THE high street has taken a battering of late. Recession has seen many small stores pack up to leave empty units to blight once-thriving shopping areas, while large out-of-town supermarkets have been blamed for sucking trade out of traditional town centres.
Yet despite the doom and gloom and the any-moment-now fear of an international chain of coffee shops opening their latest cafe just two doors along from their last one, there are retailers who are still carving out their own niche and winning a loyal clientele in the process.
If the Scottish Independent Retail Awards are any judge, then Edinburgh’s independent stores are thriving. From technology repair shops to bookstores, dry cleaners to high fashion boutiques, Edinburgh shops were well represented when it came to the shortlists of the 18 categories.
When the awards were handed out on Tuesday night, five city stores were named top of the shops.
Amit Arora of the event’s organisers Creative Oceanic says: “With the high street so often being dominated by large chains, it is important to recognise and applaud those who work to provide the public with an alternative, along with the great level of customer service and care which comes from being an active member of the community.
“The event gives the public the opportunity to say thank you to these people and let them know how much they are appreciated.”
But just how do you survive as an independent in tough financial times when bigger competitors are on your doorstep?
And do so well enough for your customers to nominate you for an award? Here, three of the winners tell why they think they’ve made it.
LOOPY LORNA’S TEAROOM
Eatery of the Year
THERE can be few people partial to a cup of tea and a slice of cake who haven’t heard of Loopy Lorna’s the Morningside tearoom, based in the Churchill Theatre. Founder Gaynor Salisbury has made sure of that with her eccentric range of mismatched crockery and giant slabs of sponge cake – but she believes it’s the standard of service which might have clinched the award, as well as ensure survival in a street where coffee shop chains abound.
“The fact that this award is given because you’re nominated by your customers and then judged by a mystery shopper means a lot,” says the 53-year-old. “It’s really special. But I would say it’s all down to the staff and manager Tracy, who have put into practice a lot of things I’d wanted to do but hadn’t got round to.”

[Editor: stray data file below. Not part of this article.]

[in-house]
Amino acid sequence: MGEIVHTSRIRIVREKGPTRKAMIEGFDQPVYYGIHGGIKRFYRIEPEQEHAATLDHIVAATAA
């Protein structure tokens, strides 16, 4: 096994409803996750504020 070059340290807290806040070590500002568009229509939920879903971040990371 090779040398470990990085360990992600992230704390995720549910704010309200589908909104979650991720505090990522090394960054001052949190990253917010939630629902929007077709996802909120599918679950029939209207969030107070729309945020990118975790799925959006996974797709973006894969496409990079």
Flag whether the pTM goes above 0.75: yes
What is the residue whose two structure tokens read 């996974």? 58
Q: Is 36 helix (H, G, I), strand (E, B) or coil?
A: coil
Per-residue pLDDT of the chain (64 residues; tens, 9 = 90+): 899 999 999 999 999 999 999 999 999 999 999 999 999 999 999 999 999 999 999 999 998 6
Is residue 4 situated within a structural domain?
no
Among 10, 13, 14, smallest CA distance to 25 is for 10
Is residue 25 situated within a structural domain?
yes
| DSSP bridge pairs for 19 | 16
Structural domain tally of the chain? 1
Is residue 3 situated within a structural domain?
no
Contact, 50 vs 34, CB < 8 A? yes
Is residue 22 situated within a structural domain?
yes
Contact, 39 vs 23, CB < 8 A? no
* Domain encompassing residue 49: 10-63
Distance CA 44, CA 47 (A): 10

Gaynor has been forced to take a back seat in the business she named after her mother, as she’s suffering from secondary breast cancer and still receiving chemotherapy treatment. “But it’s all in very good hands. Tracy [Somerville, the manager] has been running the business for the last year while I’ve been having chemo and this is a real boost for me and proves to Tracy that she’s been doing a fantastic job.
“I so wanted to win it, probably more than anyone else in the category. It’s a great reward for all the hard work, that the blood, sweat and tears has been worth it. It’s a hard industry to be in, there’s so much competition. There’s a phenomenal number of places you can get tea and coffee in this area, but I think people are fed up with the generic places and are looking for something different.”
Tracy, 38, adds: “I absolutely love coming to work here and I want all our staff to feel the same way. If you have happy staff, you have happy customers – it rubs off. We’ve also listened to our customers’ comments and introduced a play area for children, free wifi, and changed things like the size of our scones in the afternoon tea. I think people like being able to have that influence – and we can respond because we’re independent and not a chain – so they feel a certain ownership.” Gaynor says that their involvement with community charities also serves to make them feel more valued by local customers.
She adds: “I have been lucky in having great people around me who have helped make Loopy Lorna’s what it is, and have helped me when I’ve been ill. Without them – and without our great customers – we probably wouldn’t still be here.”
THE EDINBURGH BOOKSHOP
Book/Stationery Retailer of the Year
FOR five years Vanessa Robertson toiled at the shopfront of the Bruntsfield bookstore – until selling up just weeks before it won the award.
So on Monday night it was new owner Marie Moser, 50, who put on her best frock to attend the awards dinner in Glasgow.
“But it is testament to the hard work of Vanessa and her husband Malcolm, as well as Cat Anderson and Lila Matsumoto, who’ve both been here for years,” says Marie.
“It’s a great boost though to be given something like this, after being nominated by customers, it proves that the shop is doing the right thing.”
Marie, who has worked in marketing for most of her life, was a regular at the store and when Vanessa decided to sell and concentrate on her Fidra publishing business, she took over just a fortnight ago.
“It’s a reward for the team and the customers,” she says. “We have a wonderful customer base around here who come in almost daily to talk about books they’ve heard about which they think we should have or to talk about what we do have. In fact we were once described as what Radio 4 would be like if it were a book shop.”
However, Marie admits that selling books is hard graft with competition from chains and the internet.
“It’s not the easiest business to be in. But we have to provide the service that people want.